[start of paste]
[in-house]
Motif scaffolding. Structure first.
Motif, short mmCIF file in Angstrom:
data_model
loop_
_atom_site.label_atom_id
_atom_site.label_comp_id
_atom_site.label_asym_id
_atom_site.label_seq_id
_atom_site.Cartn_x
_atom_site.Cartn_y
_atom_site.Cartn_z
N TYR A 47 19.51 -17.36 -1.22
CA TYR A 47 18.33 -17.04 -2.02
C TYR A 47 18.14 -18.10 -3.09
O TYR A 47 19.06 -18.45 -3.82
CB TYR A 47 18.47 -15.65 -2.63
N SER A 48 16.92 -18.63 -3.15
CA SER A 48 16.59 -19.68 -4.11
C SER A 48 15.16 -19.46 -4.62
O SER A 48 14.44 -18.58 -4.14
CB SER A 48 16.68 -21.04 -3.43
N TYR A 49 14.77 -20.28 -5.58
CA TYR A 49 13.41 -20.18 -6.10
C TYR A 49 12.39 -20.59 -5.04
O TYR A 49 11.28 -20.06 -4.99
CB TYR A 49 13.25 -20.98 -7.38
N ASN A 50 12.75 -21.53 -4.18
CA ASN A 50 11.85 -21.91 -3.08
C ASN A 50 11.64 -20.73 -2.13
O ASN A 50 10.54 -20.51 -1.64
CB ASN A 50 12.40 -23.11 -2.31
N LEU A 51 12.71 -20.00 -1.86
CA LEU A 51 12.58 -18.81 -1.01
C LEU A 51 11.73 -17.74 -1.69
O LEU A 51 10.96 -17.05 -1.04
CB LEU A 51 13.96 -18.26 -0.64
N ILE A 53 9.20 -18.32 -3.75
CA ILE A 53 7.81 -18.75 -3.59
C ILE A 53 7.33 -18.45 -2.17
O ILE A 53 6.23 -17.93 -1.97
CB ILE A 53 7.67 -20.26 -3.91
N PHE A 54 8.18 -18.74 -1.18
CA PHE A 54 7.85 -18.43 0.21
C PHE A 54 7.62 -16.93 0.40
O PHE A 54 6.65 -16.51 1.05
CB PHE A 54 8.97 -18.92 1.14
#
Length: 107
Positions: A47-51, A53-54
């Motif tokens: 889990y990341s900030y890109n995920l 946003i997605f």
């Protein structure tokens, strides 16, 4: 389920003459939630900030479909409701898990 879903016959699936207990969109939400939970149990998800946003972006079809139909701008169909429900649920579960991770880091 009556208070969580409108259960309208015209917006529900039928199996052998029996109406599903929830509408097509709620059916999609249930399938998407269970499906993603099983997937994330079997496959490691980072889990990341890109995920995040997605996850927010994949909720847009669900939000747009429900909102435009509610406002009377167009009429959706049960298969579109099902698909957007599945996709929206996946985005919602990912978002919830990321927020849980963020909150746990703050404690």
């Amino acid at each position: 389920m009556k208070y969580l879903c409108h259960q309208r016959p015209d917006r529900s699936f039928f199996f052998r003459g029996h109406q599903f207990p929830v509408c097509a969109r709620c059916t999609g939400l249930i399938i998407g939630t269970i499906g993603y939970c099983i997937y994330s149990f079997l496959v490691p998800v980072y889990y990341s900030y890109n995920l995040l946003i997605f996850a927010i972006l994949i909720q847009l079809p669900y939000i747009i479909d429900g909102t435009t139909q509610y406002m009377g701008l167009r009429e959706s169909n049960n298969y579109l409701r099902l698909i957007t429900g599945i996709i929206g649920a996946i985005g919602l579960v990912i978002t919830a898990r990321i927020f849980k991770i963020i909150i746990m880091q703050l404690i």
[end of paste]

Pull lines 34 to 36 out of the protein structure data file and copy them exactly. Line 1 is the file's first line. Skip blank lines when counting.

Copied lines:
CA LEU A 51 12.58 -18.81 -1.01
C LEU A 51 11.73 -17.74 -1.69
O LEU A 51 10.96 -17.05 -1.04